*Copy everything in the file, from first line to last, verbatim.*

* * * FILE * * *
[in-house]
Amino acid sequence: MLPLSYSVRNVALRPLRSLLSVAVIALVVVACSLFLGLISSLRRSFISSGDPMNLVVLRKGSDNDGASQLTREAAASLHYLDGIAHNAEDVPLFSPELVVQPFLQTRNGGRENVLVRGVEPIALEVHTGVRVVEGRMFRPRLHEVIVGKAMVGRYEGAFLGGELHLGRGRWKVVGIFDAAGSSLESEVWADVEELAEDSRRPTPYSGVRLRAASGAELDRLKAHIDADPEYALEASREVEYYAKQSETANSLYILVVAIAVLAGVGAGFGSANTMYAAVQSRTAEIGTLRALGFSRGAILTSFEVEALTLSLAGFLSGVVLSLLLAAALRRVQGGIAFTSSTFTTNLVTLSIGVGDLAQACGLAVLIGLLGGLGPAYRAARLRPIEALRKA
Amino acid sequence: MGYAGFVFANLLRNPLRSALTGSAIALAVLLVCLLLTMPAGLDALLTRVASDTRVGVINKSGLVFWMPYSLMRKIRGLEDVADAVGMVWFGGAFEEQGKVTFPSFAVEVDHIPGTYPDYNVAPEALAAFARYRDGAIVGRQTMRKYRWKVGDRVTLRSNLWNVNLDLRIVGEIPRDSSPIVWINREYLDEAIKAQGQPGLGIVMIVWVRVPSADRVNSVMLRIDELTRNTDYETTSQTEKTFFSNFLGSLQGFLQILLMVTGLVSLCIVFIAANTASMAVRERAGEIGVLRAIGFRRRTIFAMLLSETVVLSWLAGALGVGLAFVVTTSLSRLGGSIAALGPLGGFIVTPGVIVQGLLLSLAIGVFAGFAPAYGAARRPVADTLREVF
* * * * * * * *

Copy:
[in-house]
Amino acid sequence: MLPLSYSVRNVALRPLRSLLSVAVIALVVVACSLFLGLISSLRRSFISSGDPMNLVVLRKGSDNDGASQLTREAAASLHYLDGIAHNAEDVPLFSPELVVQPFLQTRNGGRENVLVRGVEPIALEVHTGVRVVEGRMFRPRLHEVIVGKAMVGRYEGAFLGGELHLGRGRWKVVGIFDAAGSSLESEVWADVEELAEDSRRPTPYSGVRLRAASGAELDRLKAHIDADPEYALEASREVEYYAKQSETANSLYILVVAIAVLAGVGAGFGSANTMYAAVQSRTAEIGTLRALGFSRGAILTSFEVEALTLSLAGFLSGVVLSLLLAAALRRVQGGIAFTSSTFTTNLVTLSIGVGDLAQACGLAVLIGLLGGLGPAYRAARLRPIEALRKA
Amino acid sequence: MGYAGFVFANLLRNPLRSALTGSAIALAVLLVCLLLTMPAGLDALLTRVASDTRVGVINKSGLVFWMPYSLMRKIRGLEDVADAVGMVWFGGAFEEQGKVTFPSFAVEVDHIPGTYPDYNVAPEALAAFARYRDGAIVGRQTMRKYRWKVGDRVTLRSNLWNVNLDLRIVGEIPRDSSPIVWINREYLDEAIKAQGQPGLGIVMIVWVRVPSADRVNSVMLRIDELTRNTDYETTSQTEKTFFSNFLGSLQGFLQILLMVTGLVSLCIVFIAANTASMAVRERAGEIGVLRAIGFRRRTIFAMLLSETVVLSWLAGALGVGLAFVVTTSLSRLGGSIAALGPLGGFIVTPGVIVQGLLLSLAIGVFAGFAPAYGAARRPVADTLREVF